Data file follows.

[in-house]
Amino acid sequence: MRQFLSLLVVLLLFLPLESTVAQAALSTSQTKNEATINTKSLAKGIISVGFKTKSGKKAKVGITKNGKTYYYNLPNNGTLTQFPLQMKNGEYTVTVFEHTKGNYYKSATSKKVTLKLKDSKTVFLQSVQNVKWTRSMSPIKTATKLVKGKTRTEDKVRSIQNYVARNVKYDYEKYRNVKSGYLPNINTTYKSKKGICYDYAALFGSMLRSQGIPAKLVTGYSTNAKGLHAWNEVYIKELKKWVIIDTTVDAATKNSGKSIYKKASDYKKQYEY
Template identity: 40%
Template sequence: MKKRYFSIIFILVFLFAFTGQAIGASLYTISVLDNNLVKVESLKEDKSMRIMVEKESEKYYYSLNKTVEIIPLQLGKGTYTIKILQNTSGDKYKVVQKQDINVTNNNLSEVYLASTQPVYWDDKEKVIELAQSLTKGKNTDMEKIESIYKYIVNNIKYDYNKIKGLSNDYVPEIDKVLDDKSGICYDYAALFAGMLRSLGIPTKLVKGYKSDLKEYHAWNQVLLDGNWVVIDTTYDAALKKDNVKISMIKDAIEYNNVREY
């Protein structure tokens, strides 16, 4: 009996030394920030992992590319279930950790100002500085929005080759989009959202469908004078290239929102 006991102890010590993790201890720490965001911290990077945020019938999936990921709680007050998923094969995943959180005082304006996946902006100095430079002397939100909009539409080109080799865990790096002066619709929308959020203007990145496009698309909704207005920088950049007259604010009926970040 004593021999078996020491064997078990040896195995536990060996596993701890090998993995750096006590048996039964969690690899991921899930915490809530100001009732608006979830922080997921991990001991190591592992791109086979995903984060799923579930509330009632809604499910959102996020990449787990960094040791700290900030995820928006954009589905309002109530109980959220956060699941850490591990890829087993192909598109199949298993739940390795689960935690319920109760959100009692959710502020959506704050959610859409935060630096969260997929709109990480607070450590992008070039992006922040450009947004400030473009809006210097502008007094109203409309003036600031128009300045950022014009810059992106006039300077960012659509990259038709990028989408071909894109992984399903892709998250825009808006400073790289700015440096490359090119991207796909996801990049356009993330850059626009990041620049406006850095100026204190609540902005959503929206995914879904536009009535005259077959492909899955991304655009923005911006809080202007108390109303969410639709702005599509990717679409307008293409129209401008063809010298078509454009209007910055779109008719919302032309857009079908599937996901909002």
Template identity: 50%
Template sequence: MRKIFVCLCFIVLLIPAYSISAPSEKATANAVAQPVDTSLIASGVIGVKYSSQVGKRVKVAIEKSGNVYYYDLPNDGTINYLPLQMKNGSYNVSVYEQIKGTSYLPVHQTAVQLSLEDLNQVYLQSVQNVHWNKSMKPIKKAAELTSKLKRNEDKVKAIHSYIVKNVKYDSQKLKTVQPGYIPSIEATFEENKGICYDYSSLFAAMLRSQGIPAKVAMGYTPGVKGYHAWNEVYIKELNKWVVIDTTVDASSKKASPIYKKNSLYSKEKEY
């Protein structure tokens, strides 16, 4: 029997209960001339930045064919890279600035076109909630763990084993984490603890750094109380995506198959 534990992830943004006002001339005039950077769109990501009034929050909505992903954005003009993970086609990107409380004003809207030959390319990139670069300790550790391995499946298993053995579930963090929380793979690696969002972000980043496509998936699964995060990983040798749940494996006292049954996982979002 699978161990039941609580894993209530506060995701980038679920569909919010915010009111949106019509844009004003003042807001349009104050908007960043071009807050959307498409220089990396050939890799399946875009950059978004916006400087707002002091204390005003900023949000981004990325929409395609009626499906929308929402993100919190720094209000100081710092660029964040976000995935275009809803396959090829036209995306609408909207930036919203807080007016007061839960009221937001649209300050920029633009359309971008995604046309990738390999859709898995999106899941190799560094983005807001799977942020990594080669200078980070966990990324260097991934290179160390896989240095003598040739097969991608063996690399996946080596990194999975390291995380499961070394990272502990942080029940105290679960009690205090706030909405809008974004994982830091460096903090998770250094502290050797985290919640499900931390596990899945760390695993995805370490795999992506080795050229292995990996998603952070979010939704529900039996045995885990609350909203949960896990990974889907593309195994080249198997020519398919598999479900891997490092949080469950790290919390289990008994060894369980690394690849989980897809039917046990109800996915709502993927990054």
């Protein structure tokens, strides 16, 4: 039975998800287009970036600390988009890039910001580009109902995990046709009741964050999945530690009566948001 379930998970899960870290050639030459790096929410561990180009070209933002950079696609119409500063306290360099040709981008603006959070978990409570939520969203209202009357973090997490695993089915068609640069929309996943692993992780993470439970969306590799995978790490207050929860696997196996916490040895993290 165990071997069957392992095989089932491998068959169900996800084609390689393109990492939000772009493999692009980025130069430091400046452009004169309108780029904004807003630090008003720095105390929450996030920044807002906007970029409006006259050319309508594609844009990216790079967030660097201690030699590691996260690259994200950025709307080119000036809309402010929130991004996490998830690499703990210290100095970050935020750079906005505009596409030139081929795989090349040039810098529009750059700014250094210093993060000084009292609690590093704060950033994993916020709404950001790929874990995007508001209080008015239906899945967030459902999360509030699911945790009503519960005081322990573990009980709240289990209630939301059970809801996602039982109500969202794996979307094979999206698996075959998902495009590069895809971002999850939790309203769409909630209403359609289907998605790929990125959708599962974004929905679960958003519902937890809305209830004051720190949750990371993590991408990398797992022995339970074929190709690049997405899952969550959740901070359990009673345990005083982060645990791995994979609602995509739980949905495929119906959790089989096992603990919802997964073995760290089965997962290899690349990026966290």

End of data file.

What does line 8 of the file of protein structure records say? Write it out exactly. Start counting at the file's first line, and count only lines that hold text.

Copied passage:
């Protein structure tokens, strides 16, 4: 029997209960001339930045064919890279600035076109909630763990084993984490603890750094109380995506198959 534990992830943004006002001339005039950077769109990501009034929050909505992903954005003009993970086609990107409380004003809207030959390319990139670069300790550790391995499946298993053995579930963090929380793979690696969002972000980043496509998936699964995060990983040798749940494996006292049954996982979002 699978161990039941609580894993209530506060995701980038679920569909919010915010009111949106019509844009004003003042807001349009104050908007960043071009807050959307498409220089990396050939890799399946875009950059978004916006400087707002002091204390005003900023949000981004990325929409395609009626499906929308929402993100919190720094209000100081710092660029964040976000995935275009809803396959090829036209995306609408909207930036919203807080007016007061839960009221937001649209300050920029633009359309971008995604046309990738390999859709898995999106899941190799560094983005807001799977942020990594080669200078980070966990990324260097991934290179160390896989240095003598040739097969991608063996690399996946080596990194999975390291995380499961070394990272502990942080029940105290679960009690205090706030909405809008974004994982830091460096903090998770250094502290050797985290919640499900931390596990899945760390695993995805370490795999992506080795050229292995990996998603952070979010939704529900039996045995885990609350909203949960896990990974889907593309195994080249198997020519398919598999479900891997490092949080469950790290919390289990008994060894369980690394690849989980897809039917046990109800996915709502993927990054």